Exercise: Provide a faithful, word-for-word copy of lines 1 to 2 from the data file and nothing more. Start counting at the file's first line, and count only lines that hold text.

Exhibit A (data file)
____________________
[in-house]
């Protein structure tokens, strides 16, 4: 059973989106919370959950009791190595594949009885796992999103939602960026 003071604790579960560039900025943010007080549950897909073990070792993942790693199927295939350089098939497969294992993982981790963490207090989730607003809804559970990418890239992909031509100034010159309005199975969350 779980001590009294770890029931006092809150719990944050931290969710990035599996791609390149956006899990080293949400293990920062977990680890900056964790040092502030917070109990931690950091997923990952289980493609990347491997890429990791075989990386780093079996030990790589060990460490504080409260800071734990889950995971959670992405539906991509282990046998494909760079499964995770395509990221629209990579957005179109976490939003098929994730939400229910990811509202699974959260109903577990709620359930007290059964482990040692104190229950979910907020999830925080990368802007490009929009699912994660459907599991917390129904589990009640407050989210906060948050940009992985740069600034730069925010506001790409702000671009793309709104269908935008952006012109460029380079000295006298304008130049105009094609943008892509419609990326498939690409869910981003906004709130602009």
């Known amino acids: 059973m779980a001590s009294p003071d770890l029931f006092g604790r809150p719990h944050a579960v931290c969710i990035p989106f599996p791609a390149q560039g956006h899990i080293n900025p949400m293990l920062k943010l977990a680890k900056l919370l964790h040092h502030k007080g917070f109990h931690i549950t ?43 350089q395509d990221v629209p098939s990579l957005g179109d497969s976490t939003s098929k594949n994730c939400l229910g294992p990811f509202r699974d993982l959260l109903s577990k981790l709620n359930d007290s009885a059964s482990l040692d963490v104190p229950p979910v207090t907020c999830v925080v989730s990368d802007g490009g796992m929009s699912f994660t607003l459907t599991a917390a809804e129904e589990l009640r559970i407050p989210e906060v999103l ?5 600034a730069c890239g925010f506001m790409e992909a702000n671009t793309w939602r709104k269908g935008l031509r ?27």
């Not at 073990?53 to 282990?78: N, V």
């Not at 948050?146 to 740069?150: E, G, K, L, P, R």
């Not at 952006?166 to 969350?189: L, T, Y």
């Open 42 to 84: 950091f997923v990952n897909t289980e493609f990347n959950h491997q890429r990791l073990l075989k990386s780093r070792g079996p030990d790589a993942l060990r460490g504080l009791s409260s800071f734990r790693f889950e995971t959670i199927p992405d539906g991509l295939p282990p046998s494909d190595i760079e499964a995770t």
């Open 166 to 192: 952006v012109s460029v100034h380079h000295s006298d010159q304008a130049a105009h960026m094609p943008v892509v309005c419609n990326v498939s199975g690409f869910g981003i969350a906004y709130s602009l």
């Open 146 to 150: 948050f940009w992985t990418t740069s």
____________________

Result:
[in-house]
């Protein structure tokens, strides 16, 4: 059973989106919370959950009791190595594949009885796992999103939602960026 003071604790579960560039900025943010007080549950897909073990070792993942790693199927295939350089098939497969294992993982981790963490207090989730607003809804559970990418890239992909031509100034010159309005199975969350 779980001590009294770890029931006092809150719990944050931290969710990035599996791609390149956006899990080293949400293990920062977990680890900056964790040092502030917070109990931690950091997923990952289980493609990347491997890429990791075989990386780093079996030990790589060990460490504080409260800071734990889950995971959670992405539906991509282990046998494909760079499964995770395509990221629209990579957005179109976490939003098929994730939400229910990811509202699974959260109903577990709620359930007290059964482990040692104190229950979910907020999830925080990368802007490009929009699912994660459907599991917390129904589990009640407050989210906060948050940009992985740069600034730069925010506001790409702000671009793309709104269908935008952006012109460029380079000295006298304008130049105009094609943008892509419609990326498939690409869910981003906004709130602009």